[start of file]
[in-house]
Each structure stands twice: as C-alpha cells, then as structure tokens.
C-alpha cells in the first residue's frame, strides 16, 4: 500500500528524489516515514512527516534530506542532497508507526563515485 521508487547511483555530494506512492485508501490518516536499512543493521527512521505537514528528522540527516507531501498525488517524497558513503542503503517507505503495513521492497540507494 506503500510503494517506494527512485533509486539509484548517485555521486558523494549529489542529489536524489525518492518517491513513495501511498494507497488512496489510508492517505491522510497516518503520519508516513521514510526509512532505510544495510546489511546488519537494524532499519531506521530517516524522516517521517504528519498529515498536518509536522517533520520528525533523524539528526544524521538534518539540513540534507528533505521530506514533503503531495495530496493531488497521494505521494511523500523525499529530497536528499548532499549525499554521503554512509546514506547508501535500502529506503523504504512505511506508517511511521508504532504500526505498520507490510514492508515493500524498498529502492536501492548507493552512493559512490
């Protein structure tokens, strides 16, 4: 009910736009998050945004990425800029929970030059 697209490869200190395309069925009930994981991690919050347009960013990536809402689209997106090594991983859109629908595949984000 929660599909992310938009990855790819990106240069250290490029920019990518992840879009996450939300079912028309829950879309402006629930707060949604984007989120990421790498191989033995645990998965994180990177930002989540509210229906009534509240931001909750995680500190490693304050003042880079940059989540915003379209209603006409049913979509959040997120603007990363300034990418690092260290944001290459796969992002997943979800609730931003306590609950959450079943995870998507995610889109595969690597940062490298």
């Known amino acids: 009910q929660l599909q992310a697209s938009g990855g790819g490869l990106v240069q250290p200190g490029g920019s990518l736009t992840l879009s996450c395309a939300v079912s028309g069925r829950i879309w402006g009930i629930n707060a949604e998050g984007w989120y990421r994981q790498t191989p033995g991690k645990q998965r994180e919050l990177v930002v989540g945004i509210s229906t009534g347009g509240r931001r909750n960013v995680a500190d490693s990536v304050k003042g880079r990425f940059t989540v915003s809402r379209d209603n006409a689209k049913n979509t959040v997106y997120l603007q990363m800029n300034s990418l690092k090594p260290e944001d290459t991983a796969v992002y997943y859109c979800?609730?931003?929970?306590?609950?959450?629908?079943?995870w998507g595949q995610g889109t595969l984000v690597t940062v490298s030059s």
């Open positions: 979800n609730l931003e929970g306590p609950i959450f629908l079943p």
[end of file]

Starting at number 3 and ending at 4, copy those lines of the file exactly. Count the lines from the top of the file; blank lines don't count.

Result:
C-alpha cells in the first residue's frame, strides 16, 4: 500500500528524489516515514512527516534530506542532497508507526563515485 521508487547511483555530494506512492485508501490518516536499512543493521527512521505537514528528522540527516507531501498525488517524497558513503542503503517507505503495513521492497540507494 506503500510503494517506494527512485533509486539509484548517485555521486558523494549529489542529489536524489525518492518517491513513495501511498494507497488512496489510508492517505491522510497516518503520519508516513521514510526509512532505510544495510546489511546488519537494524532499519531506521530517516524522516517521517504528519498529515498536518509536522517533520520528525533523524539528526544524521538534518539540513540534507528533505521530506514533503503531495495530496493531488497521494505521494511523500523525499529530497536528499548532499549525499554521503554512509546514506547508501535500502529506503523504504512505511506508517511511521508504532504500526505498520507490510514492508515493500524498498529502492536501492548507493552512493559512490
């Protein structure tokens, strides 16, 4: 009910736009998050945004990425800029929970030059 697209490869200190395309069925009930994981991690919050347009960013990536809402689209997106090594991983859109629908595949984000 929660599909992310938009990855790819990106240069250290490029920019990518992840879009996450939300079912028309829950879309402006629930707060949604984007989120990421790498191989033995645990998965994180990177930002989540509210229906009534509240931001909750995680500190490693304050003042880079940059989540915003379209209603006409049913979509959040997120603007990363300034990418690092260290944001290459796969992002997943979800609730931003306590609950959450079943995870998507995610889109595969690597940062490298």